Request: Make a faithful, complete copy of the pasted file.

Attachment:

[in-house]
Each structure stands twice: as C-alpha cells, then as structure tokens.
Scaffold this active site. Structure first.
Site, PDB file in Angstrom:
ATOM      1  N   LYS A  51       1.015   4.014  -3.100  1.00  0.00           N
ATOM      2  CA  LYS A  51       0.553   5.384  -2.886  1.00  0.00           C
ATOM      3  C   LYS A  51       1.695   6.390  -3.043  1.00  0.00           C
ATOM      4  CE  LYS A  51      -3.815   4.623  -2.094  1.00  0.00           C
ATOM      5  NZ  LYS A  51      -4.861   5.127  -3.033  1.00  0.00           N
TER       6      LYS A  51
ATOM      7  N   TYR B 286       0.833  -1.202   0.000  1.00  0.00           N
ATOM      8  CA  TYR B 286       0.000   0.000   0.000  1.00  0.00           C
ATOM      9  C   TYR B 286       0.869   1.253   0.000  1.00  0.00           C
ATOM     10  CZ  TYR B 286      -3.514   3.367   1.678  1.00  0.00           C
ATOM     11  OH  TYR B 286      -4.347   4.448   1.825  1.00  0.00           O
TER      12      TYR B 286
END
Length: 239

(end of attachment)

[in-house]
Each structure stands twice: as C-alpha cells, then as structure tokens.
Scaffold this active site. Structure first.
Site, PDB file in Angstrom:
ATOM      1  N   LYS A  51       1.015   4.014  -3.100  1.00  0.00           N
ATOM      2  CA  LYS A  51       0.553   5.384  -2.886  1.00  0.00           C
ATOM      3  C   LYS A  51       1.695   6.390  -3.043  1.00  0.00           C
ATOM      4  CE  LYS A  51      -3.815   4.623  -2.094  1.00  0.00           C
ATOM      5  NZ  LYS A  51      -4.861   5.127  -3.033  1.00  0.00           N
TER       6      LYS A  51
ATOM      7  N   TYR B 286       0.833  -1.202   0.000  1.00  0.00           N
ATOM      8  CA  TYR B 286       0.000   0.000   0.000  1.00  0.00           C
ATOM      9  C   TYR B 286       0.869   1.253   0.000  1.00  0.00           C
ATOM     10  CZ  TYR B 286      -3.514   3.367   1.678  1.00  0.00           C
ATOM     11  OH  TYR B 286      -4.347   4.448   1.825  1.00  0.00           O
TER      12      TYR B 286
END
Length: 239